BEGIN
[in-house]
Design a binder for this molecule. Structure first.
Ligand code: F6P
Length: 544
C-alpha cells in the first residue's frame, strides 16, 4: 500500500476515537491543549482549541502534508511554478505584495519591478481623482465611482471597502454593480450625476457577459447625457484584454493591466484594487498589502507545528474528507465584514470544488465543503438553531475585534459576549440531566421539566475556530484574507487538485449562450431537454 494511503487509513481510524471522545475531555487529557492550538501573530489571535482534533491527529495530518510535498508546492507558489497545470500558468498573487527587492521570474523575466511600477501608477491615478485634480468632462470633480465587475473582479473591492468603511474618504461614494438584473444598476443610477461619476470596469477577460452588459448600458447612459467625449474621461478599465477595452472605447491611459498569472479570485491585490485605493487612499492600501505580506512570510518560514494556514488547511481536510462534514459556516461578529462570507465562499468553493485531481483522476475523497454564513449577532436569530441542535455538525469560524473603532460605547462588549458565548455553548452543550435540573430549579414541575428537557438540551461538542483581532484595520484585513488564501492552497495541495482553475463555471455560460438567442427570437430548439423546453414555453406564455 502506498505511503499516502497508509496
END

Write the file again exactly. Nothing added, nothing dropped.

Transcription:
[in-house]
Design a binder for this molecule. Structure first.
Ligand code: F6P
Length: 544
C-alpha cells in the first residue's frame, strides 16, 4: 500500500476515537491543549482549541502534508511554478505584495519591478481623482465611482471597502454593480450625476457577459447625457484584454493591466484594487498589502507545528474528507465584514470544488465543503438553531475585534459576549440531566421539566475556530484574507487538485449562450431537454 494511503487509513481510524471522545475531555487529557492550538501573530489571535482534533491527529495530518510535498508546492507558489497545470500558468498573487527587492521570474523575466511600477501608477491615478485634480468632462470633480465587475473582479473591492468603511474618504461614494438584473444598476443610477461619476470596469477577460452588459448600458447612459467625449474621461478599465477595452472605447491611459498569472479570485491585490485605493487612499492600501505580506512570510518560514494556514488547511481536510462534514459556516461578529462570507465562499468553493485531481483522476475523497454564513449577532436569530441542535455538525469560524473603532460605547462588549458565548455553548452543550435540573430549579414541575428537557438540551461538542483581532484595520484585513488564501492552497495541495482553475463555471455560460438567442427570437430548439423546453414555453406564455 502506498505511503499516502497508509496